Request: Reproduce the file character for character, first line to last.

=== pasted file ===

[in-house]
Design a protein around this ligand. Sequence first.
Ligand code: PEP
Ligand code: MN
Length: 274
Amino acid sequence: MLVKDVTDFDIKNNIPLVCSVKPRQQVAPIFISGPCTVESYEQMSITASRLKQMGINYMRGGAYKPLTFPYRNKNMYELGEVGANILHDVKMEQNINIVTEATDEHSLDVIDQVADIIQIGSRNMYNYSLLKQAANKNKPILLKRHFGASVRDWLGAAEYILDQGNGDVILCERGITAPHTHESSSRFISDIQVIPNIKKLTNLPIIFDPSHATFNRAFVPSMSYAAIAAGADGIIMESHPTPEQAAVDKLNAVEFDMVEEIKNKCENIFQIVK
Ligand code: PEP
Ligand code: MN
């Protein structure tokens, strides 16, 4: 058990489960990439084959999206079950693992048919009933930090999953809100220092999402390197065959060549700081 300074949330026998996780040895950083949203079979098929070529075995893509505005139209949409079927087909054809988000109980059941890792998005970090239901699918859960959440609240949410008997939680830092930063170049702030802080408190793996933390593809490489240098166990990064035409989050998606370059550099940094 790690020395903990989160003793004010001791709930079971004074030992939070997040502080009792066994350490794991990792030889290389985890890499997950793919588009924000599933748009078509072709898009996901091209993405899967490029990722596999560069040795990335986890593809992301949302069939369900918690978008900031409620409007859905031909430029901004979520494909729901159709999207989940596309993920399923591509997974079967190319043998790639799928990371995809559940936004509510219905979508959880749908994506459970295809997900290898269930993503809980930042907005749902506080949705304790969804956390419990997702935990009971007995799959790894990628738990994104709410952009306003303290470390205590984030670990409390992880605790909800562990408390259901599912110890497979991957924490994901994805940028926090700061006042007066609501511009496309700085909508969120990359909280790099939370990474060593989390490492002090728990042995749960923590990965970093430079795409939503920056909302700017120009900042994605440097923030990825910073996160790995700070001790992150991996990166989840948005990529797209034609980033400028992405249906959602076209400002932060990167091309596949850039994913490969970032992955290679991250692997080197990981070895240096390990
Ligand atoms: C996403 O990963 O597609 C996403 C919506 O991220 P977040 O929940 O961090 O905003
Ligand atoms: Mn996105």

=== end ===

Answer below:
[in-house]
Design a protein around this ligand. Sequence first.
Ligand code: PEP
Ligand code: MN
Length: 274
Amino acid sequence: MLVKDVTDFDIKNNIPLVCSVKPRQQVAPIFISGPCTVESYEQMSITASRLKQMGINYMRGGAYKPLTFPYRNKNMYELGEVGANILHDVKMEQNINIVTEATDEHSLDVIDQVADIIQIGSRNMYNYSLLKQAANKNKPILLKRHFGASVRDWLGAAEYILDQGNGDVILCERGITAPHTHESSSRFISDIQVIPNIKKLTNLPIIFDPSHATFNRAFVPSMSYAAIAAGADGIIMESHPTPEQAAVDKLNAVEFDMVEEIKNKCENIFQIVK
Ligand code: PEP
Ligand code: MN
């Protein structure tokens, strides 16, 4: 058990489960990439084959999206079950693992048919009933930090999953809100220092999402390197065959060549700081 300074949330026998996780040895950083949203079979098929070529075995893509505005139209949409079927087909054809988000109980059941890792998005970090239901699918859960959440609240949410008997939680830092930063170049702030802080408190793996933390593809490489240098166990990064035409989050998606370059550099940094 790690020395903990989160003793004010001791709930079971004074030992939070997040502080009792066994350490794991990792030889290389985890890499997950793919588009924000599933748009078509072709898009996901091209993405899967490029990722596999560069040795990335986890593809992301949302069939369900918690978008900031409620409007859905031909430029901004979520494909729901159709999207989940596309993920399923591509997974079967190319043998790639799928990371995809559940936004509510219905979508959880749908994506459970295809997900290898269930993503809980930042907005749902506080949705304790969804956390419990997702935990009971007995799959790894990628738990994104709410952009306003303290470390205590984030670990409390992880605790909800562990408390259901599912110890497979991957924490994901994805940028926090700061006042007066609501511009496309700085909508969120990359909280790099939370990474060593989390490492002090728990042995749960923590990965970093430079795409939503920056909302700017120009900042994605440097923030990825910073996160790995700070001790992150991996990166989840948005990529797209034609980033400028992405249906959602076209400002932060990167091309596949850039994913490969970032992955290679991250692997080197990981070895240096390990
Ligand atoms: C996403 O990963 O597609 C996403 C919506 O991220 P977040 O929940 O961090 O905003
Ligand atoms: Mn996105």